- Second, it uses a library of reference images, and makes inferences from them about the problem image. For example, the article says that, “if there’s a brown pixel towards the top of the image, the prior network might identify that as an eyebrow: so, when the image is scaled up, it might fill in the gaps with an eyebrow-shaped collection of brown pixels.”
- The end result fools people around 10% of the time when the upscaling was of celebrity faces (real image vs. Google Brain generated image).
- This is NOT a real image that you end up with. It’s a guess. An approximation based on a lot of assumptions built by a library of images.
Tesla’s New Sustainable Home Improvement Partner
- Treehouse is a Texas startup with a few small locations
- They sell home improvement supplies for sustainable homes
- Sell sustainable building products, home automation, and energy efficiency items.
- They’re building a new Dallas store which should open in June of 2017
- Co-founder Jason Ballard says that he “wants people to walk in and say, this is it. This is the future of retailing”.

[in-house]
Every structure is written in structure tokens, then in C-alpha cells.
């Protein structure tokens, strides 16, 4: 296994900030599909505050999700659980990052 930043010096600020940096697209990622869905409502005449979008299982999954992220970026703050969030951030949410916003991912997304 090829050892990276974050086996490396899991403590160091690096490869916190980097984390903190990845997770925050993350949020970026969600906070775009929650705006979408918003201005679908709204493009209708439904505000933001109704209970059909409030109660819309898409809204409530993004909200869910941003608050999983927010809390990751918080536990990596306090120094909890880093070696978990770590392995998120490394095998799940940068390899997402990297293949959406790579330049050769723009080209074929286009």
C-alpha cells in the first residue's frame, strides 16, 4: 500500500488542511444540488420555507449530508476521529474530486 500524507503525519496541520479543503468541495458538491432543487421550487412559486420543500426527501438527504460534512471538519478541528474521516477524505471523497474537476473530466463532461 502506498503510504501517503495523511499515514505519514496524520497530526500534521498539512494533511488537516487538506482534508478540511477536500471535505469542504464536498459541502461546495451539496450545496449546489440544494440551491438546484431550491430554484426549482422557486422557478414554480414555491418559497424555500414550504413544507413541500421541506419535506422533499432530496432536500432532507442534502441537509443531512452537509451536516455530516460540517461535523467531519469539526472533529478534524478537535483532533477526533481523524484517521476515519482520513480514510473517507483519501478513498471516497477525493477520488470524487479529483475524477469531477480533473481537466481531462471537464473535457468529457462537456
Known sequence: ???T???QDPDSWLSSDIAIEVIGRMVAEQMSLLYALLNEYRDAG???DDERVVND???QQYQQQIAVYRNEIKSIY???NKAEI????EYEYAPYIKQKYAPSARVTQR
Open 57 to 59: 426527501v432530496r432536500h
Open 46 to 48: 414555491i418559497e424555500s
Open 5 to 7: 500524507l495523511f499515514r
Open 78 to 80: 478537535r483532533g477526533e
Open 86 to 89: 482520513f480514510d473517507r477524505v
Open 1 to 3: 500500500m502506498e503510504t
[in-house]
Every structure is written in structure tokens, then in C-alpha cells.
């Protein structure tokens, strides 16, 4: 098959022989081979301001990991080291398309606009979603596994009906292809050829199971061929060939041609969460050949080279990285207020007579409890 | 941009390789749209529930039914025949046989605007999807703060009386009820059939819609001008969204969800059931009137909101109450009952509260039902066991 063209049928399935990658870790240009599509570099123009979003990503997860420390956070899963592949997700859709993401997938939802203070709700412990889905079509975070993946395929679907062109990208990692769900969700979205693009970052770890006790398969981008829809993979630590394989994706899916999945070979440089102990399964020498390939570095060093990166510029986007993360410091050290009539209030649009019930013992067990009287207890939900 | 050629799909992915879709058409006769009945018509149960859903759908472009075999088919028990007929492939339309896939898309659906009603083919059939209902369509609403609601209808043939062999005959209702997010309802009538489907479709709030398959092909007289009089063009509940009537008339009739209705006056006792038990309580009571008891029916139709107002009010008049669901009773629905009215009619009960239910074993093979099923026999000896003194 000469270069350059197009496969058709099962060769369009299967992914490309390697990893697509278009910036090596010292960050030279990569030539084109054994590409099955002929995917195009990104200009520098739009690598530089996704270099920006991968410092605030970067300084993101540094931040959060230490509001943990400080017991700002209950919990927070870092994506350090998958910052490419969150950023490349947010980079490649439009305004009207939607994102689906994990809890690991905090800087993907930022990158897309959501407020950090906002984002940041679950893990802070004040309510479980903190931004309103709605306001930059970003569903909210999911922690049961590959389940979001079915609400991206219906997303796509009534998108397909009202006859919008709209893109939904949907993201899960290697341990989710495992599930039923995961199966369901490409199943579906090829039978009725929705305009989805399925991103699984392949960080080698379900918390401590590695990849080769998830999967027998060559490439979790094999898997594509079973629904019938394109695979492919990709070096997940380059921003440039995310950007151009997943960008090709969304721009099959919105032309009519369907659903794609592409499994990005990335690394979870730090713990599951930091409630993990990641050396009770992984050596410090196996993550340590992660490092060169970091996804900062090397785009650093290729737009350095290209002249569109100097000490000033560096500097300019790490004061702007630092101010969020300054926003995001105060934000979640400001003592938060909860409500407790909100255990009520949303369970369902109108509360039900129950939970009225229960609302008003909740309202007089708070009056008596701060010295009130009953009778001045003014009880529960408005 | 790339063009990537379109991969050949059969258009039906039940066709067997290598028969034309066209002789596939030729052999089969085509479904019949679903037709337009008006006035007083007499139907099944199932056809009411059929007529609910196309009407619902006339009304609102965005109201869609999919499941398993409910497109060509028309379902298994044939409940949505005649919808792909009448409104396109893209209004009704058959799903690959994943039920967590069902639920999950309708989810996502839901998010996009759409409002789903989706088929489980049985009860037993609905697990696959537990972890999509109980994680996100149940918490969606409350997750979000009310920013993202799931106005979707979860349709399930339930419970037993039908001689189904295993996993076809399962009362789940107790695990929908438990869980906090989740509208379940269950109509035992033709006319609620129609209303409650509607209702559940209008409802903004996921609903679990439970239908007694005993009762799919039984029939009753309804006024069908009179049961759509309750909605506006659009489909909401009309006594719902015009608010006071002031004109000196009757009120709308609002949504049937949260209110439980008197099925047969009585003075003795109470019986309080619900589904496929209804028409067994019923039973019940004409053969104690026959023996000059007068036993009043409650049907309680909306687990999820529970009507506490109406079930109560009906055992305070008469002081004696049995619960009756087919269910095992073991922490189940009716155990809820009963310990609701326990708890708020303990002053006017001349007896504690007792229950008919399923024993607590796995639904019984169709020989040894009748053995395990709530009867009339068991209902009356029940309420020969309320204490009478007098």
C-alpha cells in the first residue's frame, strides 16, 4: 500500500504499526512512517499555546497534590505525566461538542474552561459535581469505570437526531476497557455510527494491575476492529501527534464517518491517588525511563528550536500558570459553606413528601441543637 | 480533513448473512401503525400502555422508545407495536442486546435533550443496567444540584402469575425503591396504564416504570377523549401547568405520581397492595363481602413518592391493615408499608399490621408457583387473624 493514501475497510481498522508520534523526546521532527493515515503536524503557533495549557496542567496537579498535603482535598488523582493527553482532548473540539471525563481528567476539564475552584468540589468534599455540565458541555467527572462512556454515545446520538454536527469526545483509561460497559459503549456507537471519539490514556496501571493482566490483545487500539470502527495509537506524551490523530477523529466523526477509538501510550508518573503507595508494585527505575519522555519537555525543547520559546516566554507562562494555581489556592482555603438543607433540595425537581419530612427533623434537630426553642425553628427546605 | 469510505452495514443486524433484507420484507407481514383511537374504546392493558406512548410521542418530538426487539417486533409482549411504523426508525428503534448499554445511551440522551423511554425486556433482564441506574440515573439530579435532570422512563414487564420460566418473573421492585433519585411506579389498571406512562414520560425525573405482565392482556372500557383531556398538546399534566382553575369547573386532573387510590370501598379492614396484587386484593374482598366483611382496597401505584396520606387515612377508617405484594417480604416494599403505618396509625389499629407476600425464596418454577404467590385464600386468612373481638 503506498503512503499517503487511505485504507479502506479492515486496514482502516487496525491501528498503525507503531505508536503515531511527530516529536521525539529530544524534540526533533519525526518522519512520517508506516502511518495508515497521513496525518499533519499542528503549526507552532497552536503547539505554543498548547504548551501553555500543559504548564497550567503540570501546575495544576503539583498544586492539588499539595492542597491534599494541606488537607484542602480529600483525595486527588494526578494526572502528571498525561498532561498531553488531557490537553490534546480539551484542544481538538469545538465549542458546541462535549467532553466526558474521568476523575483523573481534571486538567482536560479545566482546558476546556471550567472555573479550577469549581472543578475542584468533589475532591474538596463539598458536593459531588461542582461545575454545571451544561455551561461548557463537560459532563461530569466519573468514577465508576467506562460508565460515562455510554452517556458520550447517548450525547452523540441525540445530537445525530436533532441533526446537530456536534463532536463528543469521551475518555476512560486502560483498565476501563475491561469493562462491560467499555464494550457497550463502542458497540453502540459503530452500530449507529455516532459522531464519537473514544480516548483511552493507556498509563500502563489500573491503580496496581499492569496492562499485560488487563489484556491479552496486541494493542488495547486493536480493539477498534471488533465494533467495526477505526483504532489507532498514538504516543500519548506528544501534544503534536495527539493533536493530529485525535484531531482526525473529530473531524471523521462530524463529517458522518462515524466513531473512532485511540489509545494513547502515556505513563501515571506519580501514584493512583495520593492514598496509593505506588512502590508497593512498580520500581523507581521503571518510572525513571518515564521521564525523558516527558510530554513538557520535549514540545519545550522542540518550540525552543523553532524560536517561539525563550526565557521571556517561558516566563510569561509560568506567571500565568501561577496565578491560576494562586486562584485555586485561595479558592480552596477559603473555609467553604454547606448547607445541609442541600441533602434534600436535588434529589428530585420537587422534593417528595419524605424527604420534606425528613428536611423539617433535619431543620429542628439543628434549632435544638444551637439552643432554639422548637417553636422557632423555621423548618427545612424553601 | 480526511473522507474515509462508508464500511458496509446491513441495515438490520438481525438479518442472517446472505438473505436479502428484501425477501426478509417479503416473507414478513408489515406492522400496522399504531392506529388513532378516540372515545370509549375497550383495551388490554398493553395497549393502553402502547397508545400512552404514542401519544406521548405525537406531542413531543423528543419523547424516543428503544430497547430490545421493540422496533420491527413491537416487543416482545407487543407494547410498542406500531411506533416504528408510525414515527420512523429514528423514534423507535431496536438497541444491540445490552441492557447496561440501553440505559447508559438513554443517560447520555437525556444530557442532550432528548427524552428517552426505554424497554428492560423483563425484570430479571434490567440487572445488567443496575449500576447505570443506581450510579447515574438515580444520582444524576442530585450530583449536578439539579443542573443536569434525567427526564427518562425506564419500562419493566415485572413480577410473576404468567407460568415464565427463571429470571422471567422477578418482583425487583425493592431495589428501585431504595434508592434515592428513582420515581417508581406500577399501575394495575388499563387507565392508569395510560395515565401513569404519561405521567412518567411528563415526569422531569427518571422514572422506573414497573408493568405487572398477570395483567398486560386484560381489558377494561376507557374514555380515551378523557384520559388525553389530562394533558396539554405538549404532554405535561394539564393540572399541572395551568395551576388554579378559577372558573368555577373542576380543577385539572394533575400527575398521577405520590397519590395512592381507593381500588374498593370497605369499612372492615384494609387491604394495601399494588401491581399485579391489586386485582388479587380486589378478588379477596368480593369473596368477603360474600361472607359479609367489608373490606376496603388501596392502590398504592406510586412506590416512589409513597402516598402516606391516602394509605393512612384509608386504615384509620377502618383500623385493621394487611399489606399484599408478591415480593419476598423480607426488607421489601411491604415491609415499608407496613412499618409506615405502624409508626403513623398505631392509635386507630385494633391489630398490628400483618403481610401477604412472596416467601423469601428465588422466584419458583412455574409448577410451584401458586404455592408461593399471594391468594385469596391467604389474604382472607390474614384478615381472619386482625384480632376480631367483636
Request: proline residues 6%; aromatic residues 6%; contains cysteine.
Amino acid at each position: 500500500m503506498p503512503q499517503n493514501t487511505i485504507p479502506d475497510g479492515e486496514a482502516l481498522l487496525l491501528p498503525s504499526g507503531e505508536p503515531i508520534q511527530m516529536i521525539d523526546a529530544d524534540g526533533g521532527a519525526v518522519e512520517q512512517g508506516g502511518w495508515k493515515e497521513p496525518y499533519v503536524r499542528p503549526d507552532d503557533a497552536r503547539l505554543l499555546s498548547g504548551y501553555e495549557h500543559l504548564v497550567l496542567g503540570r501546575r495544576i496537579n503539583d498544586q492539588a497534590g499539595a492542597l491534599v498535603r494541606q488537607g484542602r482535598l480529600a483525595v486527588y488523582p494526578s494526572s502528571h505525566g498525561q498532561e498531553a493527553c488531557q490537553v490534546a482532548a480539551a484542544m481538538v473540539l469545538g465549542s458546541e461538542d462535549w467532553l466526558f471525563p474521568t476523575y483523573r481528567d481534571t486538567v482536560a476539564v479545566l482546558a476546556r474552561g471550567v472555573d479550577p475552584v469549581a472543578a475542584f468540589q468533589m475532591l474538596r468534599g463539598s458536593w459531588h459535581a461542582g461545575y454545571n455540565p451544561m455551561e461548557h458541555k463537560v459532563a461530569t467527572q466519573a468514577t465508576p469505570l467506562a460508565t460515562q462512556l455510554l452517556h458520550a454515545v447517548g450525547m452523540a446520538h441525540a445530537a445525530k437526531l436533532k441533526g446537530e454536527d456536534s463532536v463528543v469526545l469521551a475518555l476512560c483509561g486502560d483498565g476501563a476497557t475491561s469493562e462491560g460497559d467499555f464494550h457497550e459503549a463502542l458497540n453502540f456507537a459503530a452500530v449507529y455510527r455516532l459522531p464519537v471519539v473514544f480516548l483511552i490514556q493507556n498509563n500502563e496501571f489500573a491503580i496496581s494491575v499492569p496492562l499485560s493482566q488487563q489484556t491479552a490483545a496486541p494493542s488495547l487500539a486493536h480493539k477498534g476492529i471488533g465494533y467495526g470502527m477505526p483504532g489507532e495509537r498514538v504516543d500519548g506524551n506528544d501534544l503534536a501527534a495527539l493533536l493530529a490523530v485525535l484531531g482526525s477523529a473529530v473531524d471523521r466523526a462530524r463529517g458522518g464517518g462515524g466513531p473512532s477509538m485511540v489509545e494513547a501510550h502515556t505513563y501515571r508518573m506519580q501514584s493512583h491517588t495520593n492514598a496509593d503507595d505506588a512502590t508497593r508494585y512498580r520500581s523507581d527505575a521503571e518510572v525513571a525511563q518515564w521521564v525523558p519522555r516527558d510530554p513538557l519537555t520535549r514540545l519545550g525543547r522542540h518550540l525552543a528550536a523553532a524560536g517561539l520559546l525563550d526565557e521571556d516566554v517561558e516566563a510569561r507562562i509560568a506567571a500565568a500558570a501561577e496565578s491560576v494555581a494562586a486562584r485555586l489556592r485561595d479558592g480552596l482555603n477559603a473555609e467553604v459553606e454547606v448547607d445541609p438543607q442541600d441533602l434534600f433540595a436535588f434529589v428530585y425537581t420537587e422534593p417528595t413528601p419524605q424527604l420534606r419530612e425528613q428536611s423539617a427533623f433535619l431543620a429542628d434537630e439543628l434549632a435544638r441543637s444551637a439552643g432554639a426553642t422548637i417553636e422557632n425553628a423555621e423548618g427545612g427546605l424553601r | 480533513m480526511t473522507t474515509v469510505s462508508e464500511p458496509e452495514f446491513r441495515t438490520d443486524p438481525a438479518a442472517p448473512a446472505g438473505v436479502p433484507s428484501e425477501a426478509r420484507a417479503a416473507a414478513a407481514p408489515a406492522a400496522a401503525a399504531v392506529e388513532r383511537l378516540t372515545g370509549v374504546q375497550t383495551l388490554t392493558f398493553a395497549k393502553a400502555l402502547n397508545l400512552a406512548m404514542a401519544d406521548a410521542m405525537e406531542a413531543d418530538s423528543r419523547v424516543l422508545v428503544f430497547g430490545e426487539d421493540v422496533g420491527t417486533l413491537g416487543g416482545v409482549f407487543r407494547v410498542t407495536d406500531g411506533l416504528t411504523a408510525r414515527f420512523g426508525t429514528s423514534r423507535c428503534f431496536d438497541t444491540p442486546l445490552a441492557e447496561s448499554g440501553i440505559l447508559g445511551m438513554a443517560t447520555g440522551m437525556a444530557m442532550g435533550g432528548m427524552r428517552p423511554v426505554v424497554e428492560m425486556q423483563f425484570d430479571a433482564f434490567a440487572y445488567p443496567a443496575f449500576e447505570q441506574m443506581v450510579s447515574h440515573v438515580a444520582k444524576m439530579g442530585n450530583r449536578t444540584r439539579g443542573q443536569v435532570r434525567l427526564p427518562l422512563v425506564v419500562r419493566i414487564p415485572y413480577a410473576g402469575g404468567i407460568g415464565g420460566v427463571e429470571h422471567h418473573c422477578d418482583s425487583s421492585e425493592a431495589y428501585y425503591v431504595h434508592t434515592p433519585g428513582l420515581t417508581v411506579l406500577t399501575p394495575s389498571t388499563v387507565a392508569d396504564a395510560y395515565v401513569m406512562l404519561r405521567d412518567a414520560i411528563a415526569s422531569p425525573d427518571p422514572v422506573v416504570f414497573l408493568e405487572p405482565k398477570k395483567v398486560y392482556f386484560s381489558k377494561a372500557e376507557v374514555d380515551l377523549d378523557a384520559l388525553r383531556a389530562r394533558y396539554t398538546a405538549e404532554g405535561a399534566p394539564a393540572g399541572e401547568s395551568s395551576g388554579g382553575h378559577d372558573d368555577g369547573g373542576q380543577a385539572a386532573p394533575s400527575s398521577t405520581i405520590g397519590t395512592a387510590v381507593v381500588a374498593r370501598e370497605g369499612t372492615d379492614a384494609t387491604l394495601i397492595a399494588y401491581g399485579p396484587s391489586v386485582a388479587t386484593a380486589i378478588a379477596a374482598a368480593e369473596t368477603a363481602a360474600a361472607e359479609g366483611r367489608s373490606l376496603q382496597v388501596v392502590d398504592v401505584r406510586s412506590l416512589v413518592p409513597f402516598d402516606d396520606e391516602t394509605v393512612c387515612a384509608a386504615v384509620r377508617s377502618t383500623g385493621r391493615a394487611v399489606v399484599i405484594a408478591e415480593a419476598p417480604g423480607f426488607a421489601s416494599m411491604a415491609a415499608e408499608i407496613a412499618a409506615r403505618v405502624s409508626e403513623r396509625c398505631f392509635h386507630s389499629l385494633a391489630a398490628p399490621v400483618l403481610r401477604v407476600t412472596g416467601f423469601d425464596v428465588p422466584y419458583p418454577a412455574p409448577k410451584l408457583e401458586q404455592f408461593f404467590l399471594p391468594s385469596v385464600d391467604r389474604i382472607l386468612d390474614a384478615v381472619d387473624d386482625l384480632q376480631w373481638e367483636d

- The store will be entirely powered by solar panels and Tesla PowerPacks
- “At TreeHouse, more than 500 solar panels on a pitched, saw-toothed roof will also store energy in two giant Tesla PowerPacks that will be displayed as a feature behind glass inside the 25,000 square-foot store.”
- Tesla launched the PowerWall in 2015 and Treehouse was one of the first retailers to carry them.
- “We want to show off the Tesla Powerpacks as the beating heart of TreeHouse, and we’ll be selling a residential version,”
- The new store will be located on the northeast corner of Walnut Hill Lane and N. Central Expressway
- The first Tesla SuperCharger in Dallas will be located in the Treehouse parking lot.
Mesh networking and you. How to make throughput suck through half-duplex horror.
- Mesh wifi. No wires. Bathe your house in signal. Sounds awesome.